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5 Responses to “Be able to keep two completely contradictory ideas alive and well inside of your heart and head at all times. If it doesn’t drive you crazy, it will make you strong. ” — Bruce Springsteen

  1. Clary says:

    Hi Sheila
    I don’t know if you’re aware of the journal B.O.S.S. The Biannual Online-Journal of Springsteen Studies. No joking!
    I quote: It aims to publish scholarly, peer-reviewed essays pertaining to Bruce Springsteen. This open-access journal seeks to encourage consideration of Springsteen’s body of work primarily through the political, economic, and socio-cultural factors that have influenced his music and shaped its reception. BOSS welcomes broad interdisciplinary and cross-disciplinary approaches to Springsteen’s songwriting and performance. The journal aims to secure a place for Springsteen Studies in the contemporary academy.
    The current issue, Vol. 4 (2021) has an article called Everyday People: Elvis Prestley, Bruce Springsteen and the Gospel Tradition.
    I thought you might like to know.

  2. mutecypher says:

    Bruce knows his classics. The first quote above is a lot like the Red Queen’s comment
    “Sometimes, I’ve believed as many as six impossible things before breakfast.” Some Lewis Carroll, and Jefferson Airplane’s “White Rabbit.”

    Then there’s the Colonel Parker implication in “artists, musicians, con men…” Which reminds me of the first sentences in the foreword of Born to Run, “I come from a boardwalk town where almost everything is tinged with a bit of fraud. So am I.” And Col. Tom reminds us of He Who Wasn’t Named. The Snowman and the Showman.

    His comment “People don’t come to rock shows to learn something. They come to be reminded of something they already know and feel deep down in their gut” echoes Samuel Johnson’s “People need to be reminded more often than they need to be instructed.” He knows the classics. And respects them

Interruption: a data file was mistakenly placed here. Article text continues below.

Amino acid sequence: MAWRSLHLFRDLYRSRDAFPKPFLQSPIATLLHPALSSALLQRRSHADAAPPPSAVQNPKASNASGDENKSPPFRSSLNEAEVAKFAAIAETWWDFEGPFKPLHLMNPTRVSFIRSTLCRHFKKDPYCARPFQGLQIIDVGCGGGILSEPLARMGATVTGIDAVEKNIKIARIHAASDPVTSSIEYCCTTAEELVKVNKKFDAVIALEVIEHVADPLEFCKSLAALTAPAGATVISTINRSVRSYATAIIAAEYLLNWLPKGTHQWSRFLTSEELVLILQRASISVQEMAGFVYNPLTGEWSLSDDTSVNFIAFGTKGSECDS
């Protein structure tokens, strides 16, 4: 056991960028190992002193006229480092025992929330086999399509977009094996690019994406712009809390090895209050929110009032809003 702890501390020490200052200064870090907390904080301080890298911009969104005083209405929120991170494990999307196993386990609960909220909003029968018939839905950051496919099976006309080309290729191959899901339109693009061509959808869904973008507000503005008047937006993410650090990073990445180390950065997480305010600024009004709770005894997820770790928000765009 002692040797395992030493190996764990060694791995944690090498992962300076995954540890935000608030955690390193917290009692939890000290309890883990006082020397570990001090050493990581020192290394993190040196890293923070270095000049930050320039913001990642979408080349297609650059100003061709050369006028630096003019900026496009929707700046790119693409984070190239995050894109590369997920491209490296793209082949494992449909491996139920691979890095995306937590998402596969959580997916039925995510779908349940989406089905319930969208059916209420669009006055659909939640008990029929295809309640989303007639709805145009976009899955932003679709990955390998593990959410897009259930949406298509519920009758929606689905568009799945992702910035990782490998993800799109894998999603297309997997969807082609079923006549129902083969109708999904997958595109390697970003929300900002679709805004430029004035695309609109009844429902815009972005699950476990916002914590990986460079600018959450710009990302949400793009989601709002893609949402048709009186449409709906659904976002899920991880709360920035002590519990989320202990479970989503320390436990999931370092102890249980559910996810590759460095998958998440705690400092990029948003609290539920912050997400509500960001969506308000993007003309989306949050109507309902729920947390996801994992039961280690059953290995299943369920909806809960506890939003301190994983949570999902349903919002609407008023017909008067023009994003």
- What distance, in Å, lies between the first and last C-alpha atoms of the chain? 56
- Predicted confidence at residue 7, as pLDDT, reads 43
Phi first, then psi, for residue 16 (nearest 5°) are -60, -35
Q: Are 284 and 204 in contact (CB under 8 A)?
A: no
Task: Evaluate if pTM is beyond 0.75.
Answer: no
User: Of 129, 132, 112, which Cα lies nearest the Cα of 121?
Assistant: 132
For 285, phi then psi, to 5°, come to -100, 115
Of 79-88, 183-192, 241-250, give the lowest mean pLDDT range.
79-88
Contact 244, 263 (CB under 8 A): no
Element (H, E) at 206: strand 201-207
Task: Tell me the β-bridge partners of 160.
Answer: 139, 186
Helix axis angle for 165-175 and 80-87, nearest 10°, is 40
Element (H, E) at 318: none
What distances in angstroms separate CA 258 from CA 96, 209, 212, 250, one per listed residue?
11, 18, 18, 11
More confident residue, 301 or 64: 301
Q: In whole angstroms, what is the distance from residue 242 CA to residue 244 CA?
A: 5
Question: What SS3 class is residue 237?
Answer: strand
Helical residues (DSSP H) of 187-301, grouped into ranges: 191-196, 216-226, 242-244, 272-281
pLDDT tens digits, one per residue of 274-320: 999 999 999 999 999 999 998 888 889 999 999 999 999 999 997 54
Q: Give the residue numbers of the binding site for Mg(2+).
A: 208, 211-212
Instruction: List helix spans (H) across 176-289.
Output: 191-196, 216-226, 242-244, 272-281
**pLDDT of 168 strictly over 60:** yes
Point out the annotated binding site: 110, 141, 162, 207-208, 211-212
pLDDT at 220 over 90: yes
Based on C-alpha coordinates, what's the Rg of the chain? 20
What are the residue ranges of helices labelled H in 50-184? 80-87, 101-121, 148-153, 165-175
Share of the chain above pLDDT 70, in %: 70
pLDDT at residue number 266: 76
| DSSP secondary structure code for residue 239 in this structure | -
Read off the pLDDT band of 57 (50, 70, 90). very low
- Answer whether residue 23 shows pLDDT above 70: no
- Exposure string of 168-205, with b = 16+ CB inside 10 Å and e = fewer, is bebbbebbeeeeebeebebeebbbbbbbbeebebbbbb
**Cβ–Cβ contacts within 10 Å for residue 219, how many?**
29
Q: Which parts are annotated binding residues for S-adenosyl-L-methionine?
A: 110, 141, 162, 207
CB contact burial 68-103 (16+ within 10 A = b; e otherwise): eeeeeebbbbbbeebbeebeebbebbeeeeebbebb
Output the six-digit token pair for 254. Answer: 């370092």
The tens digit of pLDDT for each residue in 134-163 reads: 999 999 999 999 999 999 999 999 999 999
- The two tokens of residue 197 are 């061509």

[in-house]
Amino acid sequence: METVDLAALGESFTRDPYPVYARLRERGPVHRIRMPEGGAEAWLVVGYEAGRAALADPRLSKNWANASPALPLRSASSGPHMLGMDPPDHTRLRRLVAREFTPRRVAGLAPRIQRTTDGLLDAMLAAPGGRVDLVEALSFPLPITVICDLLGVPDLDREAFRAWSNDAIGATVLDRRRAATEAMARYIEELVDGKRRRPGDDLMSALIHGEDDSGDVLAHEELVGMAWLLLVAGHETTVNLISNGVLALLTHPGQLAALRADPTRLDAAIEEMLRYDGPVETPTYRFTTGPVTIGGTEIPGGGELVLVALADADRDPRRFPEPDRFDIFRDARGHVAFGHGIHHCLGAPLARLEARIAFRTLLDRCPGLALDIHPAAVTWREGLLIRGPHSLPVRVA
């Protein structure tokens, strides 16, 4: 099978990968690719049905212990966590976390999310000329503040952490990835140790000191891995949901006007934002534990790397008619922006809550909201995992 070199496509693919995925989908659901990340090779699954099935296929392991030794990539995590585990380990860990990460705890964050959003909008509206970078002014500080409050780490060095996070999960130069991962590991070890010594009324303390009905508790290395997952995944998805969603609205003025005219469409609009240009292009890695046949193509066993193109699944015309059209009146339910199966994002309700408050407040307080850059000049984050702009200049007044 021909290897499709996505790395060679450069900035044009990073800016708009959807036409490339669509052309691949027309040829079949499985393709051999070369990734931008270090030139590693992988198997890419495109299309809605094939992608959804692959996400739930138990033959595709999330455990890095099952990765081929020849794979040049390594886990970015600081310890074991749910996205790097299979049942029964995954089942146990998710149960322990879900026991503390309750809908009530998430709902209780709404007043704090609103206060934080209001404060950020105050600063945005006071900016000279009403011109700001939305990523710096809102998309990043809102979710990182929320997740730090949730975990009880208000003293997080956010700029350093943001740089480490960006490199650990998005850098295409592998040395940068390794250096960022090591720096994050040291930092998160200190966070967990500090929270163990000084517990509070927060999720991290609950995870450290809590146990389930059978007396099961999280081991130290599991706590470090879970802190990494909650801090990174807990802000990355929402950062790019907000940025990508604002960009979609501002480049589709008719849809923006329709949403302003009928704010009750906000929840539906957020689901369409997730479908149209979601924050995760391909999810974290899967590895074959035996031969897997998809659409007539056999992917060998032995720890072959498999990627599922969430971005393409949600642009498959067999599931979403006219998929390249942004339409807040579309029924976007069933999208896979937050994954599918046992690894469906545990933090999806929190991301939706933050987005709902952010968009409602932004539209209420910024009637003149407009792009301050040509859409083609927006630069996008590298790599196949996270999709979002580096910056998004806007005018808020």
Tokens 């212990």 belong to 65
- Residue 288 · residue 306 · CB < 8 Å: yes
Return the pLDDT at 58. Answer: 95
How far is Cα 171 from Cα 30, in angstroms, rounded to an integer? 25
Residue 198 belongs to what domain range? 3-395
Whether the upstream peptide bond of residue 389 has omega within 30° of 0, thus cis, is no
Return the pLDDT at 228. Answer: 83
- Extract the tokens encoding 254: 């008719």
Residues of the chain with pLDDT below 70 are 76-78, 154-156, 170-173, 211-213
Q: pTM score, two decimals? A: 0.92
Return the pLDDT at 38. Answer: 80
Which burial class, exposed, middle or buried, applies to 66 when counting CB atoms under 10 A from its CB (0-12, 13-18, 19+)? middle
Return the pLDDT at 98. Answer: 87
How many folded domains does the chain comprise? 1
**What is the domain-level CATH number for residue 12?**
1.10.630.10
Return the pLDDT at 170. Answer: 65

I saw The Pretty Reckless last month, at a fairly small hall. Just being 60 feet from the stage and shouting the lyrics brings such a feeling of liberty. A reminder of what life can be. True rock ‘n’ roll will never die.

    It’s interesting to think of Bruce as a reminder rather than an instructor. As someone who sings “hey look at this, you know what I’m talking about.”

    • sheila says:

      I’ve never seen Bruce live – but a friend of mine has and the shows are of legendarily longn length. like, 4 hour shows. and he’s running around and jumping on pianos and the man is in his 70s. He gives the people what they want. You buy a ticket – even if you’ve gone to see him 20 times – he’s gonna play everything you want to hear. I really respect that.

      // Just being 60 feet from the stage and shouting the lyrics brings such a feeling of liberty. /

      Yes! Seeing Imagine Dragons at Fenway was the first conccert I had been to in a long LONG time and it was exhilarating!

  3. Shawn says:

    I never cared for Bruce until I listened to his album The Ghost of Tom Joad. His sober delivery worked beautifully on that album, and I realized I just never cared for his standard vocals, to me, overbearing. But that album, he let it all drop away and it was purely the songs that spoke loud. I think Nebraska was also made in that vein, but I haven’t ever listened. I am very much a lover of other artists covers of his songs. Especially Camera Obscura’s Tougher Than the Rest, and Patti Smith’s Because the Night. I should put a playlist together!

    • sheila says:

      Nebraska is eerie. His albums are always built as albums – not a collection of singles – and so I definitely recommend you give it a listen in its entire. My brother’s piece expresses the feel of that album better than I ever could. nebraska has my personal favorite Bruce track – State Trooper.

      You definitely should put a playlist together! That would be fun!